American Cetacean Soc. v. Baldrige, Nos. 85-5251

CourtUnited States Courts of Appeals. United States Court of Appeals (District of Columbia)
Writing for the CourtBefore WRIGHT and TAMM; J. SKELLY WRIGHT; OBERDORFER
Citation768 F.2d 426,247 U.S.App.D.C. 309
Decision Date06 August 1985
Docket Number85-5252,Nos. 85-5251
Parties, 15 Envtl. L. Rep. 20,877 AMERICAN CETACEAN SOCIETY, et al. v. Malcolm BALDRIGE, Secretary of Commerce, et al., Appellants Japan Whaling Association, et al. AMERICAN CETACEAN SOCIETY, et al. v. Malcolm BALDRIGE, Secretary of Commerce, et al. Japan Whaling Association, et al., Appellants.

Page 426

768 F.2d 426
247 U.S.App.D.C. 309, 15 Envtl. L. Rep. 20,877
AMERICAN CETACEAN SOCIETY, et al.
v.
Malcolm BALDRIGE, Secretary of Commerce, et al., Appellants
Japan Whaling Association, et al.
AMERICAN CETACEAN SOCIETY, et al.
v.
Malcolm BALDRIGE, Secretary of Commerce, et al.
Japan Whaling Association, et al., Appellants.
Nos. 85-5251, 85-5252.
United States Court of Appeals,
District of Columbia Circuit.
Argued May 16, 1985.
Decided Aug. 6, 1985.

Page 427

Appeals from the United States District Court for the District of columbia.

Dianne H. Kelly, Atty., Dept. of Justice, Washington, D.C., with whom F. Henry Habicht, II, Asst. Atty. Gen., Donald A. Carr and Martin W. Matzen, Attys., Dept. of Justice, Washington, D.C., and Robert J. McManus, Atty., Dept. of Commerce, Washington, D.C., were on the brief, for the federal appellants.

Scott C. Whitney, Washington, D.C., with whom Steven R. Perles, Washington, D.C., was on the brief, for appellants Japan Fisheries Association and Japan Whaling Association.

James A. Beat, Washington, D.C., with whom William D. Rogers and John F. Libby, Washington, D.C., were on the brief, for appellees.

Before WRIGHT and TAMM, Circuit Judges, and OBERDORFER, * District Judge.

Page 428

Opinion for the court filed by Circuit Judge WRIGHT.

Dissenting opinion filed by District Judge OBERDORFER.

J. SKELLY WRIGHT, Circuit Judge:

In this case we review a decision of the District Court that the Secretary of Commerce must, under the Pelly and Packwood-Magnuson Amendments, see 22 U.S.C. Sec. 1978 (1982); 16 U.S.C. Sec. 1821(e)(2) (1982), certify Japan as "diminish[ing] the effectiveness" of the International Convention for the Regulation of Whaling (ICRW), entered into force November 10, 1948, 62 STAT. 1716, T.I.A.S. 1849, reproduced in Joint Appendix (JA) at 47-57, because Japanese nationals are undisputedly harvesting whales in excess of the harvest quotas promulgated under that Convention.

We agree with the District Court's ultimate conclusion that certification in this case is mandatory, though we reach it for slightly different reasons. Thus we hold that, although in some situations the Secretary has discretion whether to certify, the Secretary is required by law to certify a foreign country whose nationals are harvesting whales in excess of ICRW quotas. Consequently, we affirm the judgment of the District Court.

I. BACKGROUND

A. The International Convention for the Regulation of Whaling

The ICRW was formed in 1946 to regulate whaling by "establish[ing] a system of international regulation for the whale fisheries to ensure proper and effective conservation and development of whale stocks." Preamble, JA 48. Toward this end, a Schedule of specific requirements and prohibitions regarding whaling practices was promulgated; this Schedule was adopted as part of the Convention. See Article I, JA 48; Schedule, JA 52-56.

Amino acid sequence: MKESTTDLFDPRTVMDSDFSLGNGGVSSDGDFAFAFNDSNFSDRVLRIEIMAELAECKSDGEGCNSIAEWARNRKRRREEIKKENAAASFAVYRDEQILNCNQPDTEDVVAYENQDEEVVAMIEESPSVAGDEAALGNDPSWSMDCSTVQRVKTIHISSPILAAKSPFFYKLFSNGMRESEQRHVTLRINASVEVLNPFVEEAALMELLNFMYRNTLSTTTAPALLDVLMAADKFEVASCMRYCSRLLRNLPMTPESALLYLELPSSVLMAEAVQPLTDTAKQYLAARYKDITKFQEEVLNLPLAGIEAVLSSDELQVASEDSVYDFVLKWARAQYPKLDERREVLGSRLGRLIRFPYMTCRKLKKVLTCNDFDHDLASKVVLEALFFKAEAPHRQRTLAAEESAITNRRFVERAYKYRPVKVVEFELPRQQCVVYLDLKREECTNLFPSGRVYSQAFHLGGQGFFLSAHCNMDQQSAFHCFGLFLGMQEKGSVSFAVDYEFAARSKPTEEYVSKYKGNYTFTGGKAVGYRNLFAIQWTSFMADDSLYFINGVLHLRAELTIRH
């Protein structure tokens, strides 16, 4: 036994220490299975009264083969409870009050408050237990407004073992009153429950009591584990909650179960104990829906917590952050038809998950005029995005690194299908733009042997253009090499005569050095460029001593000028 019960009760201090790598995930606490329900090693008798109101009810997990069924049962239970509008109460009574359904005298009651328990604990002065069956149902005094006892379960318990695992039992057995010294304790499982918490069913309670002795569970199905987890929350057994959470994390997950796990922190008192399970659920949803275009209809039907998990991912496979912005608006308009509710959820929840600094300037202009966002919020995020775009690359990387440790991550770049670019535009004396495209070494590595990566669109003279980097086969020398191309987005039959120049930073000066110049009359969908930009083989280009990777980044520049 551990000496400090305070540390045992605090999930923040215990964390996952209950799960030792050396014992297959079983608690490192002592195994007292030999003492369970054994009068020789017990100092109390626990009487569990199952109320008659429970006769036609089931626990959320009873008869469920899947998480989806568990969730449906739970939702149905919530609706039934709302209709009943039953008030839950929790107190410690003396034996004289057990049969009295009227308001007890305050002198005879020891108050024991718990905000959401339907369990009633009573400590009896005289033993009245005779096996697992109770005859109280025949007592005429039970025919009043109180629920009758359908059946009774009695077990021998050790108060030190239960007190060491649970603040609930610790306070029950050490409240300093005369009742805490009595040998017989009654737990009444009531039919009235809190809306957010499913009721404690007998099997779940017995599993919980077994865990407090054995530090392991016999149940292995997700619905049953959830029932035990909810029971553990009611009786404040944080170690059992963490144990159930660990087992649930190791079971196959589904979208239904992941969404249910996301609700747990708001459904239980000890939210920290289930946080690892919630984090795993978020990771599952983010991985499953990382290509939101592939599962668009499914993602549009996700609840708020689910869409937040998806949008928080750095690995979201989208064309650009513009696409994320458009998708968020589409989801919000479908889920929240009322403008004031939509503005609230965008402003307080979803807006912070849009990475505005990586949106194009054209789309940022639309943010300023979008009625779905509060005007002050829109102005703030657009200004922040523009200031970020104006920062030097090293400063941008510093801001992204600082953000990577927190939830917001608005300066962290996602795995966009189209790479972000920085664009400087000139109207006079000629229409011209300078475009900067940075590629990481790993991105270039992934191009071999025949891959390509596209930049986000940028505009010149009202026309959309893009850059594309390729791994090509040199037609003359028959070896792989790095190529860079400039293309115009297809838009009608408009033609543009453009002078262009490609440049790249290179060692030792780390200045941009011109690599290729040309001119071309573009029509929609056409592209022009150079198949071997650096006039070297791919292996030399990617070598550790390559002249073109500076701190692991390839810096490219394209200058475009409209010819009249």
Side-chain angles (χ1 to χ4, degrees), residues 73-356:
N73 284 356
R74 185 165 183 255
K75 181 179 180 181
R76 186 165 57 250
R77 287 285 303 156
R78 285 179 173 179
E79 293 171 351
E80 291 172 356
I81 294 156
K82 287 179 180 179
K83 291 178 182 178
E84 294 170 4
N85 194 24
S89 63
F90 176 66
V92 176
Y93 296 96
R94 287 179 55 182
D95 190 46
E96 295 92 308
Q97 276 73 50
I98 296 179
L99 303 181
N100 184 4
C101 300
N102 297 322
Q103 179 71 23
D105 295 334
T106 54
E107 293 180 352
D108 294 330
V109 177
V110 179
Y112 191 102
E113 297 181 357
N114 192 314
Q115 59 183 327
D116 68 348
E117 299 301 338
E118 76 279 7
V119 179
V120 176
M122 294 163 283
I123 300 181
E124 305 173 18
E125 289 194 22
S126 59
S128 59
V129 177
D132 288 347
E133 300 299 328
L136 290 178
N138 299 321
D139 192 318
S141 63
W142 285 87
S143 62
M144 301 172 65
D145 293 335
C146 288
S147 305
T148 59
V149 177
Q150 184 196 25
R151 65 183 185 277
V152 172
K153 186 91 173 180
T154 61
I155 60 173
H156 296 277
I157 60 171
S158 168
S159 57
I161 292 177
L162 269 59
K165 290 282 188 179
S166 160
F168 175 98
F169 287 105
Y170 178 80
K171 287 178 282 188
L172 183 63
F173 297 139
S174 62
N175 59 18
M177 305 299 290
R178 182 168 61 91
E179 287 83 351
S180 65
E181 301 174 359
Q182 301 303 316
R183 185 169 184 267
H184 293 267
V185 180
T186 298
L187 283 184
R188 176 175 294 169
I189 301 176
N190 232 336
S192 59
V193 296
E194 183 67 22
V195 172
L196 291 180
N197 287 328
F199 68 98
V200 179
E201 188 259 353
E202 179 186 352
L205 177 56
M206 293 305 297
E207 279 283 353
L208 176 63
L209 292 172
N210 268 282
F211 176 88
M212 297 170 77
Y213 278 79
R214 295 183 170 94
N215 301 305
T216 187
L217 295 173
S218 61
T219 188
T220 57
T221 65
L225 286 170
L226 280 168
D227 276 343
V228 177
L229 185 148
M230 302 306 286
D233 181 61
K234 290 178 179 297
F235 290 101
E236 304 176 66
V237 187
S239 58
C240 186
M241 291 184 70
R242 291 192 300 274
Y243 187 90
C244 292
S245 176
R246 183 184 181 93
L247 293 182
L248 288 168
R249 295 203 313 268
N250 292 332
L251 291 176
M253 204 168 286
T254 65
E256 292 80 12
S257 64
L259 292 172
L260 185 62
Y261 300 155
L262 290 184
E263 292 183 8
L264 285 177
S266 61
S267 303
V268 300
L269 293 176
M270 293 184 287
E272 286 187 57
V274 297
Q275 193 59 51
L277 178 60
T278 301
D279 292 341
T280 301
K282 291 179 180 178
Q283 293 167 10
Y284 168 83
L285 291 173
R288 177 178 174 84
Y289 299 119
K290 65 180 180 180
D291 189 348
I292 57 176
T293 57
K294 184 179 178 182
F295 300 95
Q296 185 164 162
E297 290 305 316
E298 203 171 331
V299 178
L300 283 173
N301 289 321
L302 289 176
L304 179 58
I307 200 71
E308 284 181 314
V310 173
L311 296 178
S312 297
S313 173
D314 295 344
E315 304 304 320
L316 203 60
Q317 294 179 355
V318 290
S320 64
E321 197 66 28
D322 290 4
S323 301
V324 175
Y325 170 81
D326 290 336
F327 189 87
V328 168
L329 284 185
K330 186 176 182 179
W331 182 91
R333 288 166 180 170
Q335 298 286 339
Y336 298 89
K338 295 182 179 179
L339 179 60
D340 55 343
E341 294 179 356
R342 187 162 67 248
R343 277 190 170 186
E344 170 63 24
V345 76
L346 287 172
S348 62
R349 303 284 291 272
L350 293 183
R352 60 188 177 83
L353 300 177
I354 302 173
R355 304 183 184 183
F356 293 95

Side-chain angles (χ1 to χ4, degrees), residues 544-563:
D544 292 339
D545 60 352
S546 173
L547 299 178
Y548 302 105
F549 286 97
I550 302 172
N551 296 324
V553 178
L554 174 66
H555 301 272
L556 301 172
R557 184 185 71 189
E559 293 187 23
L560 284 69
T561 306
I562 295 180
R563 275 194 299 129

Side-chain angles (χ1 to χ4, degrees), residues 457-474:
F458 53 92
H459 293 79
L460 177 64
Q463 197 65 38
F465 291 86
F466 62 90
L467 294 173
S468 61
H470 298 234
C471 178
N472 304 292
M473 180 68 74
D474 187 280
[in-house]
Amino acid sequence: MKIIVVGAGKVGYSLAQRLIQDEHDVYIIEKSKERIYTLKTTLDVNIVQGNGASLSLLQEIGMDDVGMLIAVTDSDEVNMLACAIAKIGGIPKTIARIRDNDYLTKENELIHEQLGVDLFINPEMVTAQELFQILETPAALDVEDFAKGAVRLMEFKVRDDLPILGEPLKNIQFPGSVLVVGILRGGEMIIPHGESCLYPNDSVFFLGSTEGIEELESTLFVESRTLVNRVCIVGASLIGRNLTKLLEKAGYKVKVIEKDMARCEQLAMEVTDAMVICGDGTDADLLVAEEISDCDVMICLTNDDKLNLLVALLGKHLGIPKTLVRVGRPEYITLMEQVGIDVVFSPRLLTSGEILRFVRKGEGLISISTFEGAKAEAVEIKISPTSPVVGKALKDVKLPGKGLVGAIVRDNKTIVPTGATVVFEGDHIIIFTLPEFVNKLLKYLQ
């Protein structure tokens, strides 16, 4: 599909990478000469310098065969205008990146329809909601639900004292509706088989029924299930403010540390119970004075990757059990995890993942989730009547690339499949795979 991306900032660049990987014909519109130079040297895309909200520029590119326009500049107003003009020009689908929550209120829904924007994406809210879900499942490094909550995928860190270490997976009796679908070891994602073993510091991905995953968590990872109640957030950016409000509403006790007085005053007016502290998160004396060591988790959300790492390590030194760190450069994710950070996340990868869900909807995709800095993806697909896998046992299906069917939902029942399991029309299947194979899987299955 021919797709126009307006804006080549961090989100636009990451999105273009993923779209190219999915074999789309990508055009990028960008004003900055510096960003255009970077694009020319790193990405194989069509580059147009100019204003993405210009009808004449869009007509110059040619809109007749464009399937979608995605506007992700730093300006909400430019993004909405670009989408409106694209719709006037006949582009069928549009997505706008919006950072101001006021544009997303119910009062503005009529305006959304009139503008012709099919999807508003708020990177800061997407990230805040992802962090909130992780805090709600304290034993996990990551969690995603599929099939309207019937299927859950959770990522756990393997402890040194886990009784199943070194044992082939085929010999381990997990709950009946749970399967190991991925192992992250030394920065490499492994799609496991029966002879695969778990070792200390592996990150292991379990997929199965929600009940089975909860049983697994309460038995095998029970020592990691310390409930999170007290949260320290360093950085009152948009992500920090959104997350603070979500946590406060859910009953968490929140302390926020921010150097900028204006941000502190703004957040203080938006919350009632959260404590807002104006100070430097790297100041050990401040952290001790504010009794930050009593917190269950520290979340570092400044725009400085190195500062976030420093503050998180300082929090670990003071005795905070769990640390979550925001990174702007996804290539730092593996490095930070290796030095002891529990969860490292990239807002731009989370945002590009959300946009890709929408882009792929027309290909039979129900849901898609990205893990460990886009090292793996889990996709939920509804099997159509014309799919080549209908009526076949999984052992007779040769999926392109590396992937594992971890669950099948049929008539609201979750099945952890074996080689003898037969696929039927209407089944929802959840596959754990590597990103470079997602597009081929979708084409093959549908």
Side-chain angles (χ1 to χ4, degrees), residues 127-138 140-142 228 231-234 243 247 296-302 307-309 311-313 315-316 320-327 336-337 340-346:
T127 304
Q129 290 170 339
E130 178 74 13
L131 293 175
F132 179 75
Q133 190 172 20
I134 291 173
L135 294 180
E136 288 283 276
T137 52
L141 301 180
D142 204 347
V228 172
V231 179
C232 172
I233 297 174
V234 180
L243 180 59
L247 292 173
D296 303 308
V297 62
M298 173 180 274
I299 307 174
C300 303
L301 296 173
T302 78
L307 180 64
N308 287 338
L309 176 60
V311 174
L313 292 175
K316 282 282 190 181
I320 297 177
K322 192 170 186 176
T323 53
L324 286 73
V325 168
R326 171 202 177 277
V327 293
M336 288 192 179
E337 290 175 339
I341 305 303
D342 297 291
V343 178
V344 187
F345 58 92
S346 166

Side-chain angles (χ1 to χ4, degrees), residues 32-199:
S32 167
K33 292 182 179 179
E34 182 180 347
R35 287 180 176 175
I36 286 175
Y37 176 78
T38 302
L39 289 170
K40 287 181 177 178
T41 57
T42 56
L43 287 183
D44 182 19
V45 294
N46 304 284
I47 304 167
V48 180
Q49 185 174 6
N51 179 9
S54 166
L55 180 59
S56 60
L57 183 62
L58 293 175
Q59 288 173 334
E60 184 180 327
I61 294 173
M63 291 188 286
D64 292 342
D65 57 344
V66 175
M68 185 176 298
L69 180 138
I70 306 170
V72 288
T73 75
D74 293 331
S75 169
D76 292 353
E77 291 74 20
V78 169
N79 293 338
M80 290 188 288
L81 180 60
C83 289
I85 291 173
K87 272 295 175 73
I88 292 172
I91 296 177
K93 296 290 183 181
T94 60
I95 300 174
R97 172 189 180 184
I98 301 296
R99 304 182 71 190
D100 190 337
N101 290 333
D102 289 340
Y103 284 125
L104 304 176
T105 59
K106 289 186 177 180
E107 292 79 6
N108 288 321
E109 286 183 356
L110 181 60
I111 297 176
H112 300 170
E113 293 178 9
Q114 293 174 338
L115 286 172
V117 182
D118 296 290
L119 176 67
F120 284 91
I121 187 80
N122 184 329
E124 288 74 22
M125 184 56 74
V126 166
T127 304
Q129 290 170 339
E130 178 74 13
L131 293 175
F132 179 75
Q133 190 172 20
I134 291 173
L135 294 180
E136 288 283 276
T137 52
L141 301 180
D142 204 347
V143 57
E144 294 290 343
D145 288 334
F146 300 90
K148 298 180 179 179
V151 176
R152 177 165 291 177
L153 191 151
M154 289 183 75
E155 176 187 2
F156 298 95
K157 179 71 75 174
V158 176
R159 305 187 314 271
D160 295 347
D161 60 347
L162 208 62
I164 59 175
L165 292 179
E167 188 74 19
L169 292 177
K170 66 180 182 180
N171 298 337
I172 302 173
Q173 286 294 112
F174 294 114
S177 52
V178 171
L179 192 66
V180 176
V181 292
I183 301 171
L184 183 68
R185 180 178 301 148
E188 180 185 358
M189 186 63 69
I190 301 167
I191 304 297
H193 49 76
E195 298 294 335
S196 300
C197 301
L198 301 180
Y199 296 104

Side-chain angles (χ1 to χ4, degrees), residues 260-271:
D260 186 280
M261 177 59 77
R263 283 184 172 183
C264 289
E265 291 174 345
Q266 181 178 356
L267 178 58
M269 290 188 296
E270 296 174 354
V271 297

In addition, the signatory nations agreed to establish an International Whaling Commission (IWC). See Article III, JA 48. The ICRW authorized the IWC to study whales, whale stocks, and whaling practices. See Article IV, JA 49. The IWC was also authorized to amend the ICRW Schedule

by adopting regulations with respect to the conservation and utilization of whale resources, fixing (a) protected and unprotected species; (b) open and closed seasons; (c) open and closed waters, including the designation of sanctuary areas; (d) size limits for each species; (e) time, methods, and intensity of whaling (including the maximum catch of whales to be taken in any one season); (f) types and specifications of gear and apparatus and appliances which may be used; (g) methods of measurement; and (h) catch returns and other statistical and biological records.

Article V, JA 49-50.

With respect to such amendments, the ICRW provided for an objection procedure. Under this procedure, any of the member nations may file an objection to a Schedule amendment within 90 days of being notified of the amendment. If such an objection is filed in a timely manner, the objecting nation is not bound by the amendment (although the non-objecting nations are bound). Once an objection is withdrawn, however, it cannot be refiled. See Article V, JA 50.

B. U.S. Enforcement Legislation

Under the ICRW, the IWC itself has no enforcement powers against nonmembers or against members who, by objecting, choose not to be bound by a given IWC determination. This lack of enforcement ability is typical of international fishery and wildlife conservation programs. To provide enforcement leverage for this and other such programs, Congress in 1971 enacted the Pelly Amendment. See 22 U.S.C. Sec. 1978. Although this Amendment focused on the depletion of North Atlantic salmon stocks by Denmark in excess of the quotas for fishing those stocks set under the International Convention for the Northwest Atlantic Fisheries (ICNAF), it clearly covered whaling as well. See H.R.Rep. No. 92-468, 92d Cong., 1st Sess. 4-6 (1971)

Page 429

(hereinafter Pelly House Report) 117 Cong.Rec. 34752 (1971) (statement of Rep. Pelly).

The Pelly Amendment provides that "[w]hen the Secretary of Commerce determines that nationals of a foreign country, directly or indirectly, are conducting fishing operations in a manner or under circumstances which diminish the effectiveness of an international fishery conservation program, the Secretary of Commerce shall certify such fact to the President." 22 U.S.C. Sec. 1978(a)(1). The term "international fishery conservation program" is defined as "any ban, restriction, regulation, or other measure in effect pursuant to a multilateral agreement which is in force with respect to the United States, the purpose of which is to conserve or protect the living resources of the sea." Id. Sec. 1978(h)(3). The phrase "diminish the effectiveness" is not defined in the statute.

The legislative history of this statutory provision clearly indicates that it authorizes certification of activities of nonmembers or members acting under a valid objection to an IWC Schedule amendment. See Pelly House Report at 5, 8-10 (explaining that Denmark, although it had objected to an ICNAF ban and was thus "free to ignore the ban" under the convention, would be covered under the Pelly Amendment). 1 The Amendment further provides that

[u]pon receipt of any certification made under [22 U.S.C. Sec. 1978(a)(1) ], the President may direct the Secretary of the Treasury to prohibit the bringing or the importation into the United States of fish products * * * from the offending country for such duration as the President determines appropriate and to the extent that such prohibition is sanctioned by the General Agreement on Tariffs and Trade.